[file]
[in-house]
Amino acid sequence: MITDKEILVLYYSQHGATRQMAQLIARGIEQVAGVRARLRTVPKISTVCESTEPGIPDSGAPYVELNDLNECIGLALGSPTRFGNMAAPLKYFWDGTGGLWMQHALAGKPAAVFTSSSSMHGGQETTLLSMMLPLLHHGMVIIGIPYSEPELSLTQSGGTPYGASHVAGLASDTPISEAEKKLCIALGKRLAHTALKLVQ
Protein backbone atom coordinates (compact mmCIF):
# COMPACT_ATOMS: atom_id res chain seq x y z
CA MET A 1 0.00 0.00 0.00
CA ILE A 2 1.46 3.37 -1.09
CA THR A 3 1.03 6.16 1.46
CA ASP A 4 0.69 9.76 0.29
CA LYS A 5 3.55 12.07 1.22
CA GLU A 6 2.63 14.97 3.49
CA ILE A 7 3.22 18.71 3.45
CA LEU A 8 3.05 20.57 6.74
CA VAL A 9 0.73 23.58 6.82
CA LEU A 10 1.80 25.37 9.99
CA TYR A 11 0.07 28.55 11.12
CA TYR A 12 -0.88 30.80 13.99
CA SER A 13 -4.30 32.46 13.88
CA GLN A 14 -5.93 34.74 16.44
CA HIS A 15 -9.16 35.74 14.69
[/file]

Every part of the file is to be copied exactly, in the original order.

[in-house]
Amino acid sequence: MITDKEILVLYYSQHGATRQMAQLIARGIEQVAGVRARLRTVPKISTVCESTEPGIPDSGAPYVELNDLNECIGLALGSPTRFGNMAAPLKYFWDGTGGLWMQHALAGKPAAVFTSSSSMHGGQETTLLSMMLPLLHHGMVIIGIPYSEPELSLTQSGGTPYGASHVAGLASDTPISEAEKKLCIALGKRLAHTALKLVQ
Protein backbone atom coordinates (compact mmCIF):
# COMPACT_ATOMS: atom_id res chain seq x y z
CA MET A 1 0.00 0.00 0.00
CA ILE A 2 1.46 3.37 -1.09
CA THR A 3 1.03 6.16 1.46
CA ASP A 4 0.69 9.76 0.29
CA LYS A 5 3.55 12.07 1.22
CA GLU A 6 2.63 14.97 3.49
CA ILE A 7 3.22 18.71 3.45
CA LEU A 8 3.05 20.57 6.74
CA VAL A 9 0.73 23.58 6.82
CA LEU A 10 1.80 25.37 9.99
CA TYR A 11 0.07 28.55 11.12
CA TYR A 12 -0.88 30.80 13.99
CA SER A 13 -4.30 32.46 13.88
CA GLN A 14 -5.93 34.74 16.44
CA HIS A 15 -9.16 35.74 14.69